The Dim-Post

May 29, 2011

The usual suspects

Filed under: Politics — danylmc @ 7:08 am

The SST reports:

A group of National and Act Party activists is preparing to launch a campaign against MMP.

Details of the campaign, to be launched soon in the lead-up to the referendum on MMP on election day in November, have been leaked to the Sunday Star-Times.

Among the campaign’s key players is Simon Lusk, who played a major role in Don Brash’s leadership coup against Act leader Rodney Hide.

Jordan Williams, the young Wellington lawyer who accompanied Brash on the day he deposed Hide, is being considered for the role of frontman of the campaign.

David Farrar, National’s pollster and a well-known right-wing blogger and columnist, is providing strategic advice. Also involved is right-wing blogger Cameron Slater, known as Whale Oil.

Anthony Hubbard has more details here. If this is anything like the billboard campaign DPF, Slater et al ran against the Electoral Finance Act then MMP supporters have little to fear. At some point National is going to have to address the fact that a faction of its activists and staffers are ACT supporters who have latched onto National solely because it’s bigger and richer.

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38 Comments »

  1. In this case, I think the Nat people involved are probably just realists who know National isn’t going to be on 50% support forever. Replacing proportional representation with something that looks a little bit proportional but is actually FPP could see them back being able to rule alone on a minority of the vote again. I doubt Key or anyone else in National will be particularly annoyed with them for picking this up.

    Comment by Psycho Milt — May 29, 2011 @ 8:24 am

  2. ACT’s enthusiasm to get rid of MMP looks to me like strategic brilliance, given that its support hovers marginally above 1% at the moment.
    Turkeys, as the saying goes, voting for an early Christmas.

    Comment by Neil — May 29, 2011 @ 8:49 am

  3. “the elected dictatorship of First Past the Post,” wow what a brilliant line. Pity the journo ripped it off without crediting it, then again Lord Hailsham was a Conservative, and this is only the SST.

    Comment by gn — May 29, 2011 @ 9:23 am

  4. MMP is a fair, democratic, representative system. A National/Act campaign against it just shows how undemocratic and authoritarian our current government is.
    Why are they so afraid of representation and democracy? – I’m sure the voters will work it out soon enough…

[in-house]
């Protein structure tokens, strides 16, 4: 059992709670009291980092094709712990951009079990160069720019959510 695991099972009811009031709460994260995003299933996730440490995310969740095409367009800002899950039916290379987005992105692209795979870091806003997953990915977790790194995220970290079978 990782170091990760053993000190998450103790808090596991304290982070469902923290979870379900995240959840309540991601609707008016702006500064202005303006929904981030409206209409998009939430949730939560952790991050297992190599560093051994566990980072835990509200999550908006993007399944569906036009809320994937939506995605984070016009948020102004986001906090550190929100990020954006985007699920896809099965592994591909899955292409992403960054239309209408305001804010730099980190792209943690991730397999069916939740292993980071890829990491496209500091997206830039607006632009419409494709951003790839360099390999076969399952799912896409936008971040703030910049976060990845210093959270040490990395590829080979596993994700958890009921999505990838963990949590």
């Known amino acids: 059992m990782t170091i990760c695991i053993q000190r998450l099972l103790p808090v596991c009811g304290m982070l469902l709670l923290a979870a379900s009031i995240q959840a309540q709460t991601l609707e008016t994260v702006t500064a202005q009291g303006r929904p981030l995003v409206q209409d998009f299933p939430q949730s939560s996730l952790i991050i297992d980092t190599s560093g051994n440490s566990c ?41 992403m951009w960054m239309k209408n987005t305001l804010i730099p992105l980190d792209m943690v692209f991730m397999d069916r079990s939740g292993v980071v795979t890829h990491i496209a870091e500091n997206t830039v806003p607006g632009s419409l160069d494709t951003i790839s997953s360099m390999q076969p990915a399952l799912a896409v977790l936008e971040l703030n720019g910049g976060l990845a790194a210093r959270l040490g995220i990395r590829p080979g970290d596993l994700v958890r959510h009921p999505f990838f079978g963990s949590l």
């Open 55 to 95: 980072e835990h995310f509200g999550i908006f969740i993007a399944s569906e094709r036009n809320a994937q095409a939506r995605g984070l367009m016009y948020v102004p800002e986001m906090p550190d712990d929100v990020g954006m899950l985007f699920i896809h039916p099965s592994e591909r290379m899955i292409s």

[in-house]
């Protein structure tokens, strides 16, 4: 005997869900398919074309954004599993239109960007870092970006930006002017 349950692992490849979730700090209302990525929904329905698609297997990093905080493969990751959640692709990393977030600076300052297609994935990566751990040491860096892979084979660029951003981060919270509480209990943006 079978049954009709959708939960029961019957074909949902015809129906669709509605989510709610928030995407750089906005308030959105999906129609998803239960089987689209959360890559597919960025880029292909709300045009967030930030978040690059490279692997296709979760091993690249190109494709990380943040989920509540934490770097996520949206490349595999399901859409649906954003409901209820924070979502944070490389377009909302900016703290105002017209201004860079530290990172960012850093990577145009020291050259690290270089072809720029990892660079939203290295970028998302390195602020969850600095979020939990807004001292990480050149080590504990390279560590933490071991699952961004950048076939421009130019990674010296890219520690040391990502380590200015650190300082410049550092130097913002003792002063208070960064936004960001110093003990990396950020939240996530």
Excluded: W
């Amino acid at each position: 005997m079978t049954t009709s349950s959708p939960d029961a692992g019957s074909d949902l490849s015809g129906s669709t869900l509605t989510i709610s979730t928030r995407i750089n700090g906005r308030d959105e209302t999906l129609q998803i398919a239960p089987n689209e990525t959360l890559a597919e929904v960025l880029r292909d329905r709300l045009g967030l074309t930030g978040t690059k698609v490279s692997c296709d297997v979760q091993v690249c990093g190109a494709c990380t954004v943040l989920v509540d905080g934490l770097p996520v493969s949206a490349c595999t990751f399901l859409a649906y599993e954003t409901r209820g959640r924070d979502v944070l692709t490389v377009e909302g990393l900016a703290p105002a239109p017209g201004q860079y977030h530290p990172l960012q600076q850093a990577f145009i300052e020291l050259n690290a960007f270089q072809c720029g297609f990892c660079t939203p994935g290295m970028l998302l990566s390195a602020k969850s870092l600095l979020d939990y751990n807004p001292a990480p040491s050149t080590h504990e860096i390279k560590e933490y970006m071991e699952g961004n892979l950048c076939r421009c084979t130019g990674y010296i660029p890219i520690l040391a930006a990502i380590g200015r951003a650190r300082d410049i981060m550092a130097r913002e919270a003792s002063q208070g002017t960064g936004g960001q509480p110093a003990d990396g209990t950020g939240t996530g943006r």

Comment by Murray — May 29, 2011 @ 9:34 am

  5. ACT’s enthusiasm to get rid of MMP looks to me like strategic brilliance, given that its support hovers marginally above 1% at the moment.

    ACT has historically done pretty well under first past the post. They were in government from 1984-1993 and got a large number of their policies through, many of which are still there after 9 years of social democrat rule.

    Comment by Graeme Edgeler — May 29, 2011 @ 9:51 am

  6. Can anyone explain what on earth David Kirk is talking about when he says that FPP means you can govern with a mandate to do stuff? Is he confusing a mandate with the system gifting you carte blanche when 60% of voters didn’t support you?

    Comment by Guy Smiley — May 29, 2011 @ 10:33 am

  7. I think it’s hilarious that somebody “who’s great advantage is youth” happens to be some “young Wellington lawyer who squired Don Brash on the day he deposed Rodney Hide as Act leader.”

    Who else are these guys going to trot out to get youth to vote against MMP? Jami-lee Ross?

    Comment by Hobbes — May 29, 2011 @ 10:46 am

  8. Is he confusing a mandate with the system gifting you carte blanche when 60% of voters didn’t support you?

    No. A mandate is the authorisation given to a person to act as a representative of some people (in an election, the voters).

    If that comes at the end of a democratic process – which a first past the post (FPP) election likely to be conducted in New Zealand would be – then it is a mandate. If we have a first past the post election, and first past the post is adopted by a majority of people in a process that the large majority consider is fair (which this referendum seems likely to be), then the parliaments that result from them will have mandates.

    If New Zealanders vote for FPP, knowing that FPP means the person with the most votes wins, even if they lack a majority, and New Zealanders believe most people accept this because FPP was adopted fairly, then most voters – even those who vote for candidates who lose, will accept the results. This is a popular mandate whether the majority voted that way or not: the clear majority accept that that person “won”, and the person who wins has a mandate.

    At the 1978 and 1981 elections, people accepted that Muldoon had a mandate because he went to the electorate and National MPs won a majority of the electorates. There was some disquiet, but that’s how the system worked. The mandate comes not just from the voters who supported you, but from the voters who supported someone else recognising and accepting that you won.

    Comment by Graeme Edgeler — May 29, 2011 @ 10:50 am

  9. Thanks Graeme!

    Comment by Guy Smiley — May 29, 2011 @ 10:56 am

  10. They were in government from 1984-1993 and got a large number of their policies through, many of which are still there after 9 years of social democrat rule.